While most people look to January as a time to make positive change, often by cutting back on vices, I caution you to consider all possible outcomes of change. A common new year’s resolution is quitting smoking. This is an excellent recommendation for pain sufferers – studies have generally shown that smoking can have negative effects on pain onset, severity, and interference. However, for some people, vices like smoking serve as coping mechanisms, as means to relieve stress and avenues of distraction from pain. (There have even been studies showing that nicotine may reduce some types of brief and acute pain, in certain people; but note, the long-term effects of smoking outweigh such benefits.)
So, while cutting out smoking may improve your physical ability to cope with pain, for some people this behavior change may lessen their psychological/emotional ability to manage the anxiety and distress caused by pain. From another perspective, consider that cutting out smoking will improve your ability to exercise for longer periods (a positive coping skill for pain patients), but many smokers begin to eat and gain weight after quitting smoking, and increased weight inhibits exercise (and can worsen pain). And these are just a few possible scenarios…
Now, I’m not intending to dissuade you from making change, losing bad habits, and so on. However, if you get rid of a coping mechanism, you need to have another to put in its place. Behavior change, positive or negative, has consequences. Behavior is like a pyramid of soup cans or a stack of blocks (like Jenga). Remove a behavior from your repertoire (e.g., smoking) and, without a replacement behavior (or can or block) the whole stack can crumble. Take smoking out of your routine and you will likely see many benefits, but you may also have removed your main coping mechanism – and you may fall apart without a new means of coping. While pain can lead to anxiety, increased emotional distress can also worsen your pain.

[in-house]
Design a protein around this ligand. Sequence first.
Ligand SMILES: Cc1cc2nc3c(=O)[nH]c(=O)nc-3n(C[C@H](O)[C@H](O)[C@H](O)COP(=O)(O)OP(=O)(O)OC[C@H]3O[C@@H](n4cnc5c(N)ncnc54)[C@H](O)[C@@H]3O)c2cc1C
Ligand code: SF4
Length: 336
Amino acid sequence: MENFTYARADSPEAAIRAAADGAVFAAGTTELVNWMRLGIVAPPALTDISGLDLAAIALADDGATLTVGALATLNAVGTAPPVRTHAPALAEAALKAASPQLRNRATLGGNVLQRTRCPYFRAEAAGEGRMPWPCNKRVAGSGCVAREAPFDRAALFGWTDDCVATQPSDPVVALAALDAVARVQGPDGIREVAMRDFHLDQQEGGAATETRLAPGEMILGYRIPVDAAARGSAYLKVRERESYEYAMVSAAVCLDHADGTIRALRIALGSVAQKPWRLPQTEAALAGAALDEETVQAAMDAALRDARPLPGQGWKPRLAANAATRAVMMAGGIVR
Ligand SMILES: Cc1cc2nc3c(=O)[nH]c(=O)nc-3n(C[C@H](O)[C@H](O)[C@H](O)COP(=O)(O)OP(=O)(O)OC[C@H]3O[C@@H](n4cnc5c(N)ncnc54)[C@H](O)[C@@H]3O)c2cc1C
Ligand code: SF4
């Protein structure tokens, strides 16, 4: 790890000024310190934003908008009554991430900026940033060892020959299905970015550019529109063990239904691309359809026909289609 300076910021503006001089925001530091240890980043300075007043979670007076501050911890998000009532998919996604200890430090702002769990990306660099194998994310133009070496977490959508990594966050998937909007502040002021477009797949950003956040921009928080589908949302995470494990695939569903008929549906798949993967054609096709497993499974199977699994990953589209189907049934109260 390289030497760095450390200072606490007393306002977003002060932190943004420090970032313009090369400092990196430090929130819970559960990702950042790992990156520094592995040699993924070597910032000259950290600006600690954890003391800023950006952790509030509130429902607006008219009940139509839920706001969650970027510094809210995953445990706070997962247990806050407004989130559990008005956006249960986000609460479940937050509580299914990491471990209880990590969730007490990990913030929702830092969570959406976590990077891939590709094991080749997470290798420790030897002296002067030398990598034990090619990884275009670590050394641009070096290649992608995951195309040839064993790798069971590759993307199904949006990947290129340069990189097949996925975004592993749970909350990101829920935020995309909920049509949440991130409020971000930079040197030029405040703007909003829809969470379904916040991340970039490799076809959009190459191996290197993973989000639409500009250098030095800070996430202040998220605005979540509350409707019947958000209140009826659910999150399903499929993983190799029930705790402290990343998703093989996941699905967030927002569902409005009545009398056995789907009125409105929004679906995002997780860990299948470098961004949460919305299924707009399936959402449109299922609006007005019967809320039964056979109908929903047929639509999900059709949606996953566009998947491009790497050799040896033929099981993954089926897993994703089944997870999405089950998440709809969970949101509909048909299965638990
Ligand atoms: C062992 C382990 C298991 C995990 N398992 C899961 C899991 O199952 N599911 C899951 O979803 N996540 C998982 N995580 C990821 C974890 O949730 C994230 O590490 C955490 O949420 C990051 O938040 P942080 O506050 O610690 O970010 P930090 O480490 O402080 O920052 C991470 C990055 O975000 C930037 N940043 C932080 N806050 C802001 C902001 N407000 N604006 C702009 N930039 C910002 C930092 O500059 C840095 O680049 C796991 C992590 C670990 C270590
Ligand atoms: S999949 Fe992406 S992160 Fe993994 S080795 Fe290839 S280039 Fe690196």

So what can you do instead of smoking to reduce pain-related anxiety and life stress? Try deep breathing and meditation. Consider prescription medications (e.g., Xanax) in moderation. Explore the benefits of psychotherapy, spiritual counseling, or venting to peers as a means of relieving distress. Take up a new hobby to fill the idle time when you would “take a smoke break” to distract you from negative thoughts.
Happy holidays, and may you have a good start to the new year!
PS – I endorse the benefits of stopping smoking. This article is actually meant to aid you in your pursuit of removing nicotine from your life. It has been found that people have difficulty staying smoke-free if the costs outweigh the benefits. However, if you can foresee the negative effects of stopping smoking and plan for them, maintaining your positive behavior change is easier. Plan for the worst, hope for the best is my motto.